Sure, the plot was thin and the lines were cheesy. But admit it: you were bopping your head to those remixed songs during the movie, weren’t you?
Embarrassing confession: Sometimes, I play the Pitch Perfect soundtrack when I get ready for work in the mornings. I know, I sound totally macho right now.
Anywayyyyys, Pitch Perfect 2 opened on the same week as another big announcement in the personal finance world: The Singapore Savings Bonds (SSBs).
Loooooots of people were talking about it. It was pretty cool. I’m not gonna repeat what my fellow bloggers have already mentioned, because you can find some excellent articles here, here and here. (As usual, I’m about 2 weeks late when it comes to blogging about these things)
BUT! After getting some questions on the SSBs, I feel deeply obligated to correct a pretty big misconception around them. And what better way to do this than to use Pitch Perfect 2 as an analogy?
Prepare to get aca-ducated.
Don’t Forget The Category
One of my favourite scenes in Pitch Perfect 2 was the “riff-off”: A badass acapella battle where groups have to sing impromptu songs within a certain category. Here’s a scene from part of it:
It’s down to the last 2 teams and the Barden Bellas are battling their arch nemesis, Das Sound Machine. Their category? “90s Hip-Hop Jamz.”
Das Sound Machine draws first blood with the classic “This Is How We Do It”, and the Bellas counter with a rendition of “That Thing”. DSM hits back with Bell Biv DeVoe’s “Poison”, to which Fat Amy retorts with the chorus of “Scenario”. Undeterred, DSM confidently returns the serve with “Insane In The Brain”.
But the battle comes to a screeching halt when the Bellas’ newest member Emily sings her own original song “Flashlight.” It’s a great song (I almost teared up at the end when they sung it again), but it wasn’t relevant to the category.
Emcee: I’m sorry, what 90s hip-hop jam is that again?
Emily: Uhhhhh… more like, a 21st century jam. That’s it… Yep. I wrote it.
Boom. The Bellas lose the riff-off.
That’s what happens when you try fit a good thing into the wrong category.
Why The Singapore Savings Bonds Aren’t “Investments”
Similarly, a lot of people have been asking me how they can “invest” in the Singapore Savings Bonds. Their logic:
“SSBs = better yield = good investment… right?”
Noooooooooo. Classifying the SSBs as an “investment” is like singing a song that’s completely irrelevant to the category.
You can’t blame the public for being confused – the name “Singapore Savings Bond” is kinda misleading. You see: the Singapore Savings Bonds aren’t really bonds!!
I know. It’s crazy. It makes me wanna take out a big billboard on Orchard Road that looks like this:
So if they’re not bonds, what are they?
The Singapore Savings Bonds are actually more like fixed deposits (FDs). Check out this great article from Big Fat Purse which explains why. Don’t worry – I’ll wait.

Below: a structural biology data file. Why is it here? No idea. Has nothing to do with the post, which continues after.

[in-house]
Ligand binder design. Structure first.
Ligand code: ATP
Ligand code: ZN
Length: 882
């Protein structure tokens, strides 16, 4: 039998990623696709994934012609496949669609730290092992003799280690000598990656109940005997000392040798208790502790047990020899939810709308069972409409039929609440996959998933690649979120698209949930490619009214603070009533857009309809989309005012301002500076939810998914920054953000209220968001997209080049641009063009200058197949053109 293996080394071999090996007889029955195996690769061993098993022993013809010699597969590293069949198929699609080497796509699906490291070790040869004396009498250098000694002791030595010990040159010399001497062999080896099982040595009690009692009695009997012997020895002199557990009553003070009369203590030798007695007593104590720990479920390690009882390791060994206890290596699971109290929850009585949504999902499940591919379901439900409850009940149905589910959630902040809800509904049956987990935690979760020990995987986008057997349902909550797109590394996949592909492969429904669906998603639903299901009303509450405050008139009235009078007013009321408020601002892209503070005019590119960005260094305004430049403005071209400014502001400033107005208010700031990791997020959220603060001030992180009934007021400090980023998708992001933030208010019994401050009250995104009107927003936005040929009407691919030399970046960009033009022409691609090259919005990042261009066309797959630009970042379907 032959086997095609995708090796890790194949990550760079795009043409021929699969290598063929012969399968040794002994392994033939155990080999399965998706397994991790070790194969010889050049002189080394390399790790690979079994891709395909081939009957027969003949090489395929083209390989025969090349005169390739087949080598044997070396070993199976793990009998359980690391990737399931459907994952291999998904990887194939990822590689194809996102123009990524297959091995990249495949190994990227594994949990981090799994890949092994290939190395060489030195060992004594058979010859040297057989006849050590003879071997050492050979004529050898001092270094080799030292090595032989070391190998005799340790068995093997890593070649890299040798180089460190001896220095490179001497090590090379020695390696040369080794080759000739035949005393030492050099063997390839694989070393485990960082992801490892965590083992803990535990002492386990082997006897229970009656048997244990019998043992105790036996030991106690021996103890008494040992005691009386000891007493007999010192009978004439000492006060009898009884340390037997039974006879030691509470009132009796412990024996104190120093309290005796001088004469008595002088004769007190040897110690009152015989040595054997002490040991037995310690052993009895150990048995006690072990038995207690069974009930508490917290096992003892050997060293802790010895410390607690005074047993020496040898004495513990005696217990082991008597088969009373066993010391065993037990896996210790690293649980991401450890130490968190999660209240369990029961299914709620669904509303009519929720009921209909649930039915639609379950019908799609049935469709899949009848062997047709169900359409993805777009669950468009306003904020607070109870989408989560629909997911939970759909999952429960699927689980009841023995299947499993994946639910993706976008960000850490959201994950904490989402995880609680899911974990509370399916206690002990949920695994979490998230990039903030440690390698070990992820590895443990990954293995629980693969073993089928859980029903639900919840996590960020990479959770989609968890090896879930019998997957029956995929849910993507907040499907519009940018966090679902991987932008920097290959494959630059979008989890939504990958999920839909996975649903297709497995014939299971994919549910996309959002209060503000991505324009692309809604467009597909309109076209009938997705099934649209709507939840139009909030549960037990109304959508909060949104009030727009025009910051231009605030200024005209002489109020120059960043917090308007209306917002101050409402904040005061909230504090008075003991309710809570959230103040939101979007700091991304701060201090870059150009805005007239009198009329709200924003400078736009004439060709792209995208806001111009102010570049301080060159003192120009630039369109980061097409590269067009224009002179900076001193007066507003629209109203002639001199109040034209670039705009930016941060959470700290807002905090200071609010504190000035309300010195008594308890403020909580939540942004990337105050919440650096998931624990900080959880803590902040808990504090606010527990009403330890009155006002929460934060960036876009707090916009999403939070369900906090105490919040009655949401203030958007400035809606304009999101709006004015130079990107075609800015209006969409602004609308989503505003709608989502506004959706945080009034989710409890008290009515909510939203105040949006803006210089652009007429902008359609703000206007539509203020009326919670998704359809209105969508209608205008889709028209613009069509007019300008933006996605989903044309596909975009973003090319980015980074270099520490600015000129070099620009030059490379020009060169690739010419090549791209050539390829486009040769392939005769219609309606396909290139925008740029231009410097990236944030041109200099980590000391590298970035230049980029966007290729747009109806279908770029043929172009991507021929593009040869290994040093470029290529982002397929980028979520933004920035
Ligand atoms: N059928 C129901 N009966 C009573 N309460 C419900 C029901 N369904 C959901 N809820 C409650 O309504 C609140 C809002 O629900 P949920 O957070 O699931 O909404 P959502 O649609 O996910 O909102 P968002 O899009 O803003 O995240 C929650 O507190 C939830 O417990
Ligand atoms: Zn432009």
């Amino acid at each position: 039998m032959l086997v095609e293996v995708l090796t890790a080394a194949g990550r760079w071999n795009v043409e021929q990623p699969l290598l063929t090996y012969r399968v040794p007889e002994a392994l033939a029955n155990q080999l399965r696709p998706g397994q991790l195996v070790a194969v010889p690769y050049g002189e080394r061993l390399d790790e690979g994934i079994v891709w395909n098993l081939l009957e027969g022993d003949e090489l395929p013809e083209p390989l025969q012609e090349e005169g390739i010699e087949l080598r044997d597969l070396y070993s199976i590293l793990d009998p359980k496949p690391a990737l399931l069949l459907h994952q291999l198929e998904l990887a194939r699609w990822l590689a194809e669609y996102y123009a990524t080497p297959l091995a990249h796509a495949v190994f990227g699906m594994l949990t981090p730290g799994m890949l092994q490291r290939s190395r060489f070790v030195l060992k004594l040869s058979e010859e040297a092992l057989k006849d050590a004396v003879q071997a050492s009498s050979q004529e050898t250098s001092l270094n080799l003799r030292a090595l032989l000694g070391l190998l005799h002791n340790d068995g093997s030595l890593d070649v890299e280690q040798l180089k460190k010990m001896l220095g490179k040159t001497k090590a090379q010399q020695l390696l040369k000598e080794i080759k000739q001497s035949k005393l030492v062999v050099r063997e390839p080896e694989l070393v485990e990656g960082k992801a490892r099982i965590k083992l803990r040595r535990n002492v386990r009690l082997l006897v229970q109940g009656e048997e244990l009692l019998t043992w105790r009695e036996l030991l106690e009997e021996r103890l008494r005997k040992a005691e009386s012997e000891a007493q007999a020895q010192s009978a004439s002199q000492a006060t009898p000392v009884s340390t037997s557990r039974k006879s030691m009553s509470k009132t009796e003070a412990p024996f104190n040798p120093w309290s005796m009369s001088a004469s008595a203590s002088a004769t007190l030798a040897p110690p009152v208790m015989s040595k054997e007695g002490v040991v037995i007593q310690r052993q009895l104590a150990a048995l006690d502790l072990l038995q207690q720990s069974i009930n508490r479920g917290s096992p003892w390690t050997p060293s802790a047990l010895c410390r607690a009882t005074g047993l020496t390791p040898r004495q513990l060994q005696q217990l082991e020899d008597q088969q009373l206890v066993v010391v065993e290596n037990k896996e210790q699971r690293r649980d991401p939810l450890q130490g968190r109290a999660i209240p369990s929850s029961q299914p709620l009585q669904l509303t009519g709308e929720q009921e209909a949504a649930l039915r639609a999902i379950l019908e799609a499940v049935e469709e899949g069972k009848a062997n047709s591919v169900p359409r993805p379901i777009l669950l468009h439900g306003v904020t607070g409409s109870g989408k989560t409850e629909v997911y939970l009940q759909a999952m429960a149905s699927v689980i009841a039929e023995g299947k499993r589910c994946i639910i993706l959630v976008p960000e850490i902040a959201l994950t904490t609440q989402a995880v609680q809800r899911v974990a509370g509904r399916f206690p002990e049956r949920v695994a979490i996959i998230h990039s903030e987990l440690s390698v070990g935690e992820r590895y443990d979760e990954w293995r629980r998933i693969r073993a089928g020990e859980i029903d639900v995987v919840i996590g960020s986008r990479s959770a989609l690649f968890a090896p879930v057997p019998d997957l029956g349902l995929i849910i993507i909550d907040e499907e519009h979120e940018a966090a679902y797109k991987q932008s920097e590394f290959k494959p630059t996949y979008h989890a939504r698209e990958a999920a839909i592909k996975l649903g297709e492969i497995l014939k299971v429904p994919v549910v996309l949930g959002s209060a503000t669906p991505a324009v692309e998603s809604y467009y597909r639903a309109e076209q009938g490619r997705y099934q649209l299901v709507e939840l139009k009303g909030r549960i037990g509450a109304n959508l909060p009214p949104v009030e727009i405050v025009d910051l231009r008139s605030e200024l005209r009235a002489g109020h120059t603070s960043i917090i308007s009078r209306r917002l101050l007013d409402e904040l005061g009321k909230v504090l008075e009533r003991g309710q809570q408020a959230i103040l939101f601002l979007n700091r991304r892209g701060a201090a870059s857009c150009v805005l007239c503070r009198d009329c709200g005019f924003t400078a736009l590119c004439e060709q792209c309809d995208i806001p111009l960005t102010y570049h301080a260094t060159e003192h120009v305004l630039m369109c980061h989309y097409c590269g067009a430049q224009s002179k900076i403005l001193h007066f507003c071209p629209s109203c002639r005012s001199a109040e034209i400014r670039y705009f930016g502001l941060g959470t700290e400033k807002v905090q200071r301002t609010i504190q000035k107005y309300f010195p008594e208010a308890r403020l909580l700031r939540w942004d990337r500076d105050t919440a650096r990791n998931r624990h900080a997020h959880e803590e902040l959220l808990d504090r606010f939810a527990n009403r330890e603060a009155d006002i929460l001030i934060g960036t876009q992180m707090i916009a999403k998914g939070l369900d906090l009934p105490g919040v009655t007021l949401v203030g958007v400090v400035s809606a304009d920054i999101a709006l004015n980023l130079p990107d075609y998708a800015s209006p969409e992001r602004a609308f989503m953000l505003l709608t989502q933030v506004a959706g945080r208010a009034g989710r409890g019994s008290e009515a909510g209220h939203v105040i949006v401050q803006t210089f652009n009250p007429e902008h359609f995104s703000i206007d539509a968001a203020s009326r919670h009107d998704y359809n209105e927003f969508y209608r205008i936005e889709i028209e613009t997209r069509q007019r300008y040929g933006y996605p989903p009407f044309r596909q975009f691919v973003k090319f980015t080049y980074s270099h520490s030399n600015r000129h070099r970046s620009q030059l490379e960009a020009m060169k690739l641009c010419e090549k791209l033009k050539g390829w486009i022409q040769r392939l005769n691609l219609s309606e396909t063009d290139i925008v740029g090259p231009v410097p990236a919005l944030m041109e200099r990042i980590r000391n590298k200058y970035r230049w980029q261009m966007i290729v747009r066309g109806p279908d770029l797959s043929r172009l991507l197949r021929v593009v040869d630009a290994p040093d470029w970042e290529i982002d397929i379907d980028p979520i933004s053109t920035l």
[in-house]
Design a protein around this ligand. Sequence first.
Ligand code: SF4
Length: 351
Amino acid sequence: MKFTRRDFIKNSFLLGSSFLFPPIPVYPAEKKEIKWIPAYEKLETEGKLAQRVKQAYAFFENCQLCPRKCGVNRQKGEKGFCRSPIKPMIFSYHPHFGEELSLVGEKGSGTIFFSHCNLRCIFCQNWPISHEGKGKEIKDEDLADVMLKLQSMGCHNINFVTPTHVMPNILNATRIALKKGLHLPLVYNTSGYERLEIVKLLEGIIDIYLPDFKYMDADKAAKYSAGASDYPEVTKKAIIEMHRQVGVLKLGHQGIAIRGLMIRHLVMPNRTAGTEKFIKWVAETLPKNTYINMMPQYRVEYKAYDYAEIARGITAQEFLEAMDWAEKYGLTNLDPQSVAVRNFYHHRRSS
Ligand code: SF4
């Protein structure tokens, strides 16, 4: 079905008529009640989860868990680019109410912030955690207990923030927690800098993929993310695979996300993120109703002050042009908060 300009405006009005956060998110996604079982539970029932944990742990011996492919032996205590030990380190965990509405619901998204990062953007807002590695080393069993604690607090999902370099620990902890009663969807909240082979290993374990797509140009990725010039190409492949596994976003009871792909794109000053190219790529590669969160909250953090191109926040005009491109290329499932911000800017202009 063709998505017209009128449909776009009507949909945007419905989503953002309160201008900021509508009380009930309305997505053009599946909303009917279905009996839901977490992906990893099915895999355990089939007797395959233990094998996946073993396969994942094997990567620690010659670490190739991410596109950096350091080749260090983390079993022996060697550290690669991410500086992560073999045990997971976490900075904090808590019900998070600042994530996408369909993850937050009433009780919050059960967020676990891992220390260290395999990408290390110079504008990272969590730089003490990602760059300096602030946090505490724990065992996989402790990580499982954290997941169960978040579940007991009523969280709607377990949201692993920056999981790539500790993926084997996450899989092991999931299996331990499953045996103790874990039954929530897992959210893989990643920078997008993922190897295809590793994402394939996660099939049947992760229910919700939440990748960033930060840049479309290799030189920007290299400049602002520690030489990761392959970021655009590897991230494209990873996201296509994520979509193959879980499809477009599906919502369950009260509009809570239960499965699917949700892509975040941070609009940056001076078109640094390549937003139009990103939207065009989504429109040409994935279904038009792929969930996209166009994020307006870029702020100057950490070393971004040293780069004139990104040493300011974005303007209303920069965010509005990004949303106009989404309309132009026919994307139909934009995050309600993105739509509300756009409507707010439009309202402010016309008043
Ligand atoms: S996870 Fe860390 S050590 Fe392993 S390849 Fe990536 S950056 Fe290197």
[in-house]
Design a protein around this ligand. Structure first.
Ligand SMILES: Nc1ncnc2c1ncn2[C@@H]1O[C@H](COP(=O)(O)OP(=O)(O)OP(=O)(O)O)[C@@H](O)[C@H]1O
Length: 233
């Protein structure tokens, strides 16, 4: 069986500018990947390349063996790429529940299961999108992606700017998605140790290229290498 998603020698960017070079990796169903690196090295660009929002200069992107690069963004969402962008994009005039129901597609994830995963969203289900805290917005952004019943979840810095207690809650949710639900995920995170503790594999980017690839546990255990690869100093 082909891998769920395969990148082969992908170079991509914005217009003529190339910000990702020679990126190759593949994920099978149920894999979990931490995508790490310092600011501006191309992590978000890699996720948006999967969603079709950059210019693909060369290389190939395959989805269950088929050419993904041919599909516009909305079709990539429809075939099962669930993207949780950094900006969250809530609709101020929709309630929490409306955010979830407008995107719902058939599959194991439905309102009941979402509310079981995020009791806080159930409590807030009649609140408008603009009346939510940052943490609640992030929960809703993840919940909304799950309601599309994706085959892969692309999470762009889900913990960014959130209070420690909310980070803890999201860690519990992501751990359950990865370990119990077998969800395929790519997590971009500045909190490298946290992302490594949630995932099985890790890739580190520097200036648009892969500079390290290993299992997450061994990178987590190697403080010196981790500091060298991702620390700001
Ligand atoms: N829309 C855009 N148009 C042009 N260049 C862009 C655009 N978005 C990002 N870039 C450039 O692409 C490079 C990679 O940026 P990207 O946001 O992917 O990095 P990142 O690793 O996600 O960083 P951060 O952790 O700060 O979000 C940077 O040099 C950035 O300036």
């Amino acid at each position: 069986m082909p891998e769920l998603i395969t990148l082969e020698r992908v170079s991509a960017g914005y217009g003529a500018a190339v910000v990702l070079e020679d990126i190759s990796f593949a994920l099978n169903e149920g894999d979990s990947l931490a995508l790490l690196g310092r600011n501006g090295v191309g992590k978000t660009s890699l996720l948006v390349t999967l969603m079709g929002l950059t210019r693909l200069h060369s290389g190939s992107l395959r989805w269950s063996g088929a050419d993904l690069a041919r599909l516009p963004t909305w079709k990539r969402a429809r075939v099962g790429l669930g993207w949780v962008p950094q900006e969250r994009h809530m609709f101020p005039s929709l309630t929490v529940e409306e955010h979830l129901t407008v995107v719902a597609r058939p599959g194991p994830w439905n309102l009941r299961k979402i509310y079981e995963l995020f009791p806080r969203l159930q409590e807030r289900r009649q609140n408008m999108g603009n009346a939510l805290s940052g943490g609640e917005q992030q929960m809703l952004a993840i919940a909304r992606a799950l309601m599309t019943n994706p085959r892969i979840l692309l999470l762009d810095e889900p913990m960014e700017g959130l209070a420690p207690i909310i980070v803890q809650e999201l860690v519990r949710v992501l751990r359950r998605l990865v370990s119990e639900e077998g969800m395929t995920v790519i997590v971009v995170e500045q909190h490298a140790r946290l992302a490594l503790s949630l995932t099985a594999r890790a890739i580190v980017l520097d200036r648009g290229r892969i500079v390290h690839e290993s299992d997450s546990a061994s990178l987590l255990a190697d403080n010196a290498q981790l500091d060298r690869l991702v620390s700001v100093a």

Back? Awesome! So, pop quiz: What should you use FDs for?
The answer: SAVINGS! Not investments… savings!
In other words, you should be using the SSBs to park money for things like:
- The house downpayment you’re gonna make in 3 years
- Your kid’s education when she enters university in 5 years
- The MBA you’re gonna take up when you take a break from work in 2 years
This is money that you’re gonna spend in the short to medium-term, so you can’t afford to take a lot of risk with them. Therefore, you SHOULD park them in the Singapore Savings Bonds since they’re pretty much just like another form of fixed deposit.
This is very different from your investments – which is where you’ll want to put your long-run funds: Money that you won’t touch for the next 10, 20, 30 years. Moolah that’s meant for big dreams, like an island in Dubai or a mansion made of Maggie Mee (or whatever else floats your boat).
Soooooo – how should you be thinking about your investments?
It’s About Harmony, Not Just Yield
Think about how acapella groups work: They have their sopranos and the altos and basses and a cool beatboxer. Some singers sing high, and some of ‘em sing low. And a combination of those differences produces harmony.
So there’s one important distinction between the SSBs and regular bonds: SSBs don’t fluctuate at all, while bonds do. Many people think that fluctuations are “bad”, but they actually help to harmonise a portfolio.
Think about it: Bonds tend to move in the opposite direction from stocks. In other words, bonds usually zig when stocks zag. Bonds sing low when stocks sing high. Bonds rise to the occasion when stocks fall flat on their face.
That means when you own BOTH stocks and bonds, they counterbalance each other and make investing a much smoother ride. This is also called “diversification”.
SSBs, on the other hand, don’t fluctuate. They may pay you a nice interest rate every 6 months, but they don’t move up and down. it’s like recruiting a singer who can only sing flat tunes.
That’s why you shouldn’t be looking to “invest” in the SSBs. Keep them for your savings and don’t mix up the two.
When it comes to your investment portfolio, nothing balances out your stocks better than good ol’ bonds (or a simple bond ETF).
So! Three quick things that I want you to take away today:
- Use the Singapore Savings Bonds for your savings,not investments
- Instead, use bonds / bond ETFs to harmonise your investment portfolio
- Pitch Perfect has pretty awesome songs.
Cool right? You learnt something new today!
Now, Imma go back to jamming out to acapella songs on YouTube. Aca-scuse me!
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